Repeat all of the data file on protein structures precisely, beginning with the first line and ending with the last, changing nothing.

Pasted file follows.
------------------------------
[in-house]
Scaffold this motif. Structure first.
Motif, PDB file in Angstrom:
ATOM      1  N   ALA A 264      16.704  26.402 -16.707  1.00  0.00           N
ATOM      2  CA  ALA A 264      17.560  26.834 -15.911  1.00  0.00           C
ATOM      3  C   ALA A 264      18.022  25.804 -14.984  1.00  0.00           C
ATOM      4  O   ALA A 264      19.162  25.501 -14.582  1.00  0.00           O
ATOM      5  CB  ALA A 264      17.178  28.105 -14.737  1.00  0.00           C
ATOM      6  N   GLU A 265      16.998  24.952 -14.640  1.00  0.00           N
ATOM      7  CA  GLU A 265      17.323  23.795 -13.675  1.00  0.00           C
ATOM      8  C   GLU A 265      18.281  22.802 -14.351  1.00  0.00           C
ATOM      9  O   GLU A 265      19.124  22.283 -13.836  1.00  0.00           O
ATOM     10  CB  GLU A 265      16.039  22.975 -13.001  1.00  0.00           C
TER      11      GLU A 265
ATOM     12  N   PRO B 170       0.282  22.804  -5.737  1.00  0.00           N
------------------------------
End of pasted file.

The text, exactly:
[in-house]
Scaffold this motif. Structure first.
Motif, PDB file in Angstrom:
ATOM      1  N   ALA A 264      16.704  26.402 -16.707  1.00  0.00           N
ATOM      2  CA  ALA A 264      17.560  26.834 -15.911  1.00  0.00           C
ATOM      3  C   ALA A 264      18.022  25.804 -14.984  1.00  0.00           C
ATOM      4  O   ALA A 264      19.162  25.501 -14.582  1.00  0.00           O
ATOM      5  CB  ALA A 264      17.178  28.105 -14.737  1.00  0.00           C
ATOM      6  N   GLU A 265      16.998  24.952 -14.640  1.00  0.00           N
ATOM      7  CA  GLU A 265      17.323  23.795 -13.675  1.00  0.00           C
ATOM      8  C   GLU A 265      18.281  22.802 -14.351  1.00  0.00           C
ATOM      9  O   GLU A 265      19.124  22.283 -13.836  1.00  0.00           O
ATOM     10  CB  GLU A 265      16.039  22.975 -13.001  1.00  0.00           C
TER      11      GLU A 265
ATOM     12  N   PRO B 170       0.282  22.804  -5.737  1.00  0.00           N